The Great Gatsby is the quintessential novel of the Roaring Twenties. It is a story about the promise of wealth and privilege turning to ashes, about the American Dream gone awry.
James Gatz is a penniless Midwestern youth who comes back from the Great War determined to become somebody important. His dream is fueled by his devotion to Daisy, a breezy socialite who is secure in her inherited wealth, whose enchanting voice is “full of money.” Through various shady business deals in New York City, he succeeds in transforming himself into Jay Gatsby, who buys a lavish mansion across Long Island Sound from the equally imposing mansion of Daisy and her husband Tom Buchanan.
Another penniless young man from the Midwest, Nick Carraway, lives in a small bungalow next door to Gatsby’s estate. Nick commutes into New York each day to work his somewhat aimless job in the “bonds business” and to gaze wistfully at the lives of the rich and famous. He is a distant cousin of Daisy, who likes to invite him over for tea so she can have a handsome young man to flirt with in front of her husband (who is rumored to “have a woman” in the city) and so she can confide in him all her romantic sorrows.
When Gatsby discovers Nick’s connection with Daisy, he seizes this chance to display to her all the splendor of his new identity and lure her away from Tom. With Nick as a go-between, he arranges to meet Daisy and to rekindle the love they shared before the attractively wealthy Tom came on the scene.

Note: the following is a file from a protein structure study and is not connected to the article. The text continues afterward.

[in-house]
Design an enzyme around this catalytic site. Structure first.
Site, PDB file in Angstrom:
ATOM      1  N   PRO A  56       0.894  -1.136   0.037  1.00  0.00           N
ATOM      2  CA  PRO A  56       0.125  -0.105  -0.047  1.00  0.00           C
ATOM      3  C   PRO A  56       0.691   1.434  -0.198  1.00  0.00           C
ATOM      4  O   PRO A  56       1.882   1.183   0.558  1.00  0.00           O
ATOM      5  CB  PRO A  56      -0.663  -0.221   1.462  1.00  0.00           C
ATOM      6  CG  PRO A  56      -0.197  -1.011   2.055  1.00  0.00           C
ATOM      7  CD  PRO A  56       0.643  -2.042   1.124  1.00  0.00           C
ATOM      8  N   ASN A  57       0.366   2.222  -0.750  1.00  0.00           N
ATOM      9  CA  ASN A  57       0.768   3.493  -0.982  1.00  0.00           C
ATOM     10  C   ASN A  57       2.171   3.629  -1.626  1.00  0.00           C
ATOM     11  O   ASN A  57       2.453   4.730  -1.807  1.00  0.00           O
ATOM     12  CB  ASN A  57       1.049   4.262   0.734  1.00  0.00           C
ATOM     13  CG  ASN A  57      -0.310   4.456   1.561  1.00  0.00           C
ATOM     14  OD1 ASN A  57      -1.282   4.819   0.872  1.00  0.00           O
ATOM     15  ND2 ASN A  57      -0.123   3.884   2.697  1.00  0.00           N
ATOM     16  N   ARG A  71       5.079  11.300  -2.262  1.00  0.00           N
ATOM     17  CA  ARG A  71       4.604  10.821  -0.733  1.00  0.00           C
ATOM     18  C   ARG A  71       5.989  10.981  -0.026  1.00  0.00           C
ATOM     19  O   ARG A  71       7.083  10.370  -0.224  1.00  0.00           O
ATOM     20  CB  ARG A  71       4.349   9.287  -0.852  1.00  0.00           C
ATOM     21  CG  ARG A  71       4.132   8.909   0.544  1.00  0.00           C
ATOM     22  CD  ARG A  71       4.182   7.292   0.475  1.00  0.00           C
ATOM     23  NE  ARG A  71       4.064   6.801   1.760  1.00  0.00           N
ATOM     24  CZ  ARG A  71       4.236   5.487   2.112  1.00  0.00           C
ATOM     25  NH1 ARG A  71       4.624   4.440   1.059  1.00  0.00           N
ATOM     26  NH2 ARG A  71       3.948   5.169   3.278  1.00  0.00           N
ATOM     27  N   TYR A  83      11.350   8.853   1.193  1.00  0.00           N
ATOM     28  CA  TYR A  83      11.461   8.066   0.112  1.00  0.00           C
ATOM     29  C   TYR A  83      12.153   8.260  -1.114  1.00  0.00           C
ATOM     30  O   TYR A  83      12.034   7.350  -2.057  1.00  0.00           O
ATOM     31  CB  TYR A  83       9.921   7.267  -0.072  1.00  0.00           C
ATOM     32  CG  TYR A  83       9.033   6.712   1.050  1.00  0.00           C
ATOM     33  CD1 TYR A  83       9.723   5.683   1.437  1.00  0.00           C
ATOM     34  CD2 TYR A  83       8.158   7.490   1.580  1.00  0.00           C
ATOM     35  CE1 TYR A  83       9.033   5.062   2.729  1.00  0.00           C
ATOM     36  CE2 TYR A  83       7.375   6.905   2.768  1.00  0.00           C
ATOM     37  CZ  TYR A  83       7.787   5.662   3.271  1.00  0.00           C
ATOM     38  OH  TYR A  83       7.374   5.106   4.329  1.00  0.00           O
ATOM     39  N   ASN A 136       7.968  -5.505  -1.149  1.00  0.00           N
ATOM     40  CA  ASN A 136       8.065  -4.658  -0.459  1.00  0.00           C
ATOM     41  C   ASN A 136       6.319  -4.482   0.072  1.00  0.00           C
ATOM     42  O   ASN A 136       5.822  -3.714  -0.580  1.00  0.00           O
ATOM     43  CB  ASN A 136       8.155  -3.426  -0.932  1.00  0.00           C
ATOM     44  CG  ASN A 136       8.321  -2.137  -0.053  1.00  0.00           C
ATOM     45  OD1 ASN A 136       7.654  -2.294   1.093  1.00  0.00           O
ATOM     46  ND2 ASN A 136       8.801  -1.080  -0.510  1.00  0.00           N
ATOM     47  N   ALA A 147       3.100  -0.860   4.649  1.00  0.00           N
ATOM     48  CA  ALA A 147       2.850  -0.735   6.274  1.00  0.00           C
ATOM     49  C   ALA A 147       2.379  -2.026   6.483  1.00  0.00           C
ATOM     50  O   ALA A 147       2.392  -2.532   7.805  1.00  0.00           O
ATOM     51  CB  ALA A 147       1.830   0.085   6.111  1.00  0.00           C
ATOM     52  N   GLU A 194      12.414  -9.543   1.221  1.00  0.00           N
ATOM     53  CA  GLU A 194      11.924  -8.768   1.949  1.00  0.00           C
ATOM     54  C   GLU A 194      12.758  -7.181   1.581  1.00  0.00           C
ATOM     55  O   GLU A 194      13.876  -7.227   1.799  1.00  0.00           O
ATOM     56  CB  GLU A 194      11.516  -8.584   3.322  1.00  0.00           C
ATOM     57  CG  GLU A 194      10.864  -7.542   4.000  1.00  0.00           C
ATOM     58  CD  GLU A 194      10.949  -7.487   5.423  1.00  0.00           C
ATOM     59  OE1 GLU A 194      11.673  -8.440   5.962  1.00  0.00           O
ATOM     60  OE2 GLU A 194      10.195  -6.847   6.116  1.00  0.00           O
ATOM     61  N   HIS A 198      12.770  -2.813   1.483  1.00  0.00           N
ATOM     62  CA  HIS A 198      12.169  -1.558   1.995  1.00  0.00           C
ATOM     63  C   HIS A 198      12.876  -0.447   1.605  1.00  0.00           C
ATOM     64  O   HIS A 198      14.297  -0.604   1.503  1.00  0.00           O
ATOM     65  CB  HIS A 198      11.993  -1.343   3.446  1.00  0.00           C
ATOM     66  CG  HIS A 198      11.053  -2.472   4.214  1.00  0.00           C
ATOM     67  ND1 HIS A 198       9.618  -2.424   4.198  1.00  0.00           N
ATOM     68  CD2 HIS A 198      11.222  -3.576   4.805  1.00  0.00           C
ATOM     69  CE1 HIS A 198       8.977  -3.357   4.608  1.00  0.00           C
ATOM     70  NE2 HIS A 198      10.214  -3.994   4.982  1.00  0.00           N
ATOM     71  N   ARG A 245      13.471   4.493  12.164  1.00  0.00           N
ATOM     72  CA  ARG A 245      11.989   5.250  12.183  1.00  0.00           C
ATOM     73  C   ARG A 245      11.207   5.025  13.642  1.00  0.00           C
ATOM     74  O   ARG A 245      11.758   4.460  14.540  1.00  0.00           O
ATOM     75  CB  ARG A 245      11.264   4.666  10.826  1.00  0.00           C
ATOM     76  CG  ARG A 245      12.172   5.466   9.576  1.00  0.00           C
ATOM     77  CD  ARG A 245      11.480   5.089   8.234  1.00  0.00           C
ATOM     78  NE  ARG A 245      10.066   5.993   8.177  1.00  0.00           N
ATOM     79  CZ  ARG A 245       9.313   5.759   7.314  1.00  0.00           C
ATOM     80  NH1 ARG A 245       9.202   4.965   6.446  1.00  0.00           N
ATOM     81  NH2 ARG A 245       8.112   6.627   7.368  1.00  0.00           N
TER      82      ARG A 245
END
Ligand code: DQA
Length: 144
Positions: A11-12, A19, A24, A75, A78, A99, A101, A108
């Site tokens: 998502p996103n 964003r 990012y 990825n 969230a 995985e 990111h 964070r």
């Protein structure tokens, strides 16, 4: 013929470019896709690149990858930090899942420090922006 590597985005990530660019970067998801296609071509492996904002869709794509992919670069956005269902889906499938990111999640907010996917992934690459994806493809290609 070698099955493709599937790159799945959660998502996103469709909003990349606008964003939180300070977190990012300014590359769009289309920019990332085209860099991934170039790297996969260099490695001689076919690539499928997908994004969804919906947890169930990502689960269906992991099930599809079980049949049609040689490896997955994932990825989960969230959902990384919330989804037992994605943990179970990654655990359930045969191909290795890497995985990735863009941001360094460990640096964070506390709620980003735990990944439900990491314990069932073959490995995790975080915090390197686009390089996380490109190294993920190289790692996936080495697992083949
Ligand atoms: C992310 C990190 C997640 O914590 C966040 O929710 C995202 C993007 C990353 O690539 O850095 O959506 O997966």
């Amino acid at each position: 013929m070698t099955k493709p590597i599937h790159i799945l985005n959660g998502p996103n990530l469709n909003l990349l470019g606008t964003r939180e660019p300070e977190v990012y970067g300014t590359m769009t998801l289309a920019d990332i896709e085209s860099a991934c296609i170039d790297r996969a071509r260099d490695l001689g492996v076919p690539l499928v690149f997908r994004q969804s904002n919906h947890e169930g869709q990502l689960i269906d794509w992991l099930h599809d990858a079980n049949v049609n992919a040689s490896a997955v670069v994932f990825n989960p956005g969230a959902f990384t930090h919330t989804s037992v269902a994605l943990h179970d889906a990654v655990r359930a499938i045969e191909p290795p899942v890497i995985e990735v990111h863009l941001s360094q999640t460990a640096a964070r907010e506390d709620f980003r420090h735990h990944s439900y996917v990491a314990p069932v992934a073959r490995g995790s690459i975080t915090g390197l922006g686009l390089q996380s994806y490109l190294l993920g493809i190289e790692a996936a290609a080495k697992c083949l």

These bare details make the characters sound coldly calculating, but what makes this novel so compelling is all the romantic illusions they have about themselves and each other. At times Nick, who is the narrator, is completely charmed and taken up into the dream, and at other times he has a razor-sharp insight into the meagerness behind the façade.
The reader’s experience is similar. Fitzgerald’s prose is so beautiful and Gatsby’s almost boyish hopefulness is so absolute that we really want to believe it will all work out for him. He flashes his smile and for a moment we see him as Daisy did when she first met him—a handsome, charming young man in a soldier’s uniform who pays her the irresistible compliment of placing her at the center of his world.
When reality comes crashing down, we can no longer deny that Gatsby’s romantic longing is prettified adultery, that wrenching apart people’s lives to satisfy your hopes and dreams has a rebound effect. Gatsby and Tom’s mistress Myrtle pay the price, and it seems that Daisy and Tom come away unscathed, protected by their money and their unabashed devotion to selfishness. The one last hope we are left with is that Nick, who is in many ways like James Gatz once was, has learned the cost of at least one version of the American Dream.